Microsoft’s forays into open source have ranged from integrations with established OSS ‘entities’ like SUSE (these days known as the Microsoft SUSE Alliance) and onward to Jean “Mr XML” Paoli’s own Microsoft Open Technologies division as it stands today.
News this week sees the Redmond-based behemoth join the Open Compute Project and so make open its architectural plans for cloud servers designed to run some of its best-known online services.
Bing, Windows Azure & Office 365
This means that the designs for cloud servers running Bing, Windows Azure and Office 365 are now available.
Microsoft is (at this stage) contributing two offerings. The first is known as a Compute blade, the second is the JBOD (Just a Bunch Of Disks) blade designs.
According to Microsoft TechNet, “JBOD [is] the hardware equivalent of a spanned volume, this has all the failings of any spanning scheme. The failure of any one disk will result in catastrophic data failure.”
The Open Compute Project was started by Facebook and Mark Zuckerberg has claimed that his company has saved over US$ 1 billion by using equipment based on Open Compute Project designs so far.
Zuckerberg says he has used Open Compute Project designs as opposed to proprietary networking designs and templates (and physical switches), data storage technologies and other ‘open computer’ hardware products.
The project also focuses on chips, racks and other components.
The suggestion (in industry) circles now is that smaller players within the Open Compute Project itself could start to offer cloud services based upon Microsoft architectural plans.
Networking becomes commoditised
The wider trend to pick up on here is that networking hardware itself is (arguably) on a route towards becoming increasing commoditised — meaning that it is indeed the software and software-based services (from infrastructure to platform to application) that become the defining factor for any network, cloud-based or otherwise (not that there is much left of the ‘otherwise’) today.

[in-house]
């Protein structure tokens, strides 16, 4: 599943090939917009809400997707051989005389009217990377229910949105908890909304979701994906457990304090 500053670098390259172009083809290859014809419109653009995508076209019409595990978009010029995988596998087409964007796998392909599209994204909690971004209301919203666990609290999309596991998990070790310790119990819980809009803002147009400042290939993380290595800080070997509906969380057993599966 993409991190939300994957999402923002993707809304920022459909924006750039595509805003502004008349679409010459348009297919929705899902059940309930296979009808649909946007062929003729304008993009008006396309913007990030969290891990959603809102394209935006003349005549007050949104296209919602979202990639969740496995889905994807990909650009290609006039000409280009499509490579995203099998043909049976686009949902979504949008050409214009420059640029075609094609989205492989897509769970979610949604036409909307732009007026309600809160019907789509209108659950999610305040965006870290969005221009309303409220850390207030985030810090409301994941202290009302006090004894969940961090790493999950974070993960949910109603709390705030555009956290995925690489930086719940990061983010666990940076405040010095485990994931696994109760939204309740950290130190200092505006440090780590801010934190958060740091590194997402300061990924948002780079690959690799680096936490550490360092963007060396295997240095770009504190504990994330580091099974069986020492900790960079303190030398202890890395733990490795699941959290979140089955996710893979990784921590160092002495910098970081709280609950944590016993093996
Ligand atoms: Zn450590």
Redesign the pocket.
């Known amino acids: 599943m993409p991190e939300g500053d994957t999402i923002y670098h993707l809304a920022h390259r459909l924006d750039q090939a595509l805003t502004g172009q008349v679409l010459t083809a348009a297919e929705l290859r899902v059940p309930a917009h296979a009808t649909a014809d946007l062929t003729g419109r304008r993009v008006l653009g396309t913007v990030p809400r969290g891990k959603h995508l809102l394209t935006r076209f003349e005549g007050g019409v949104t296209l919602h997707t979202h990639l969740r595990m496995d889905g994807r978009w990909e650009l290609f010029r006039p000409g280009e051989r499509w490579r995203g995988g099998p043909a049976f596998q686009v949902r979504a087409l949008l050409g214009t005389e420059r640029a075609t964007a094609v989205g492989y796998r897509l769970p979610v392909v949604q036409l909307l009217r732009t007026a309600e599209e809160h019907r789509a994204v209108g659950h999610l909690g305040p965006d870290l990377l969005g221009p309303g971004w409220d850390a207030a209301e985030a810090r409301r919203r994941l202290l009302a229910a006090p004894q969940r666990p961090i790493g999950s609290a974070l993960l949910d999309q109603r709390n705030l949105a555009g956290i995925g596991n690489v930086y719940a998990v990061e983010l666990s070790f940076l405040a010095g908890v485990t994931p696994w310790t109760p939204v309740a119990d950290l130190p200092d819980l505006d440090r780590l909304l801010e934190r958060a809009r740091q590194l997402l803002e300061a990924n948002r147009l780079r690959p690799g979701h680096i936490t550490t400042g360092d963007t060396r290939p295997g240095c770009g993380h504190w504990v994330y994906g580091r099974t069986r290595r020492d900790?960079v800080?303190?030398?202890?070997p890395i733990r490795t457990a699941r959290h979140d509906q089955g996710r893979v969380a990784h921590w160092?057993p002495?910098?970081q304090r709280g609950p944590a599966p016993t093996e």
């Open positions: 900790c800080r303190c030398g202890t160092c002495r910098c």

External opinion, Microsoft is no angel
Steve Nice, CTO of Reconnix says that, “In fact, open source isn’t really part of Microsoft’s DNA.”
Nice also asserts that when it (Microsoft) opens up a platform, it is out of some kind of necessity rather than any ideological position on innovation or development.
“The reality is that Azure has made little impact on the IaaS market, and it has been overtaken by open source solutions like OpenStack and CloudStack in the bid to become the biggest competitor to AWS,” he said.
He further suggests that this move can be seen as an “attempt for Azure to become a more attractive option” for businesses and developers alike — and also as a provocation to Amazon to open up the AWS platform.
“Facebook and Microsoft already have a close relationship, so it makes sense that Microsoft would choose the Open Compute Project to open up Azure. It is also perhaps a strong indication that Microsoft won’t win the cloud race by going it alone. Microsoft is the beast it is today because of the partnerships it has forged through the years — particularly in the desktop space,” added Nice.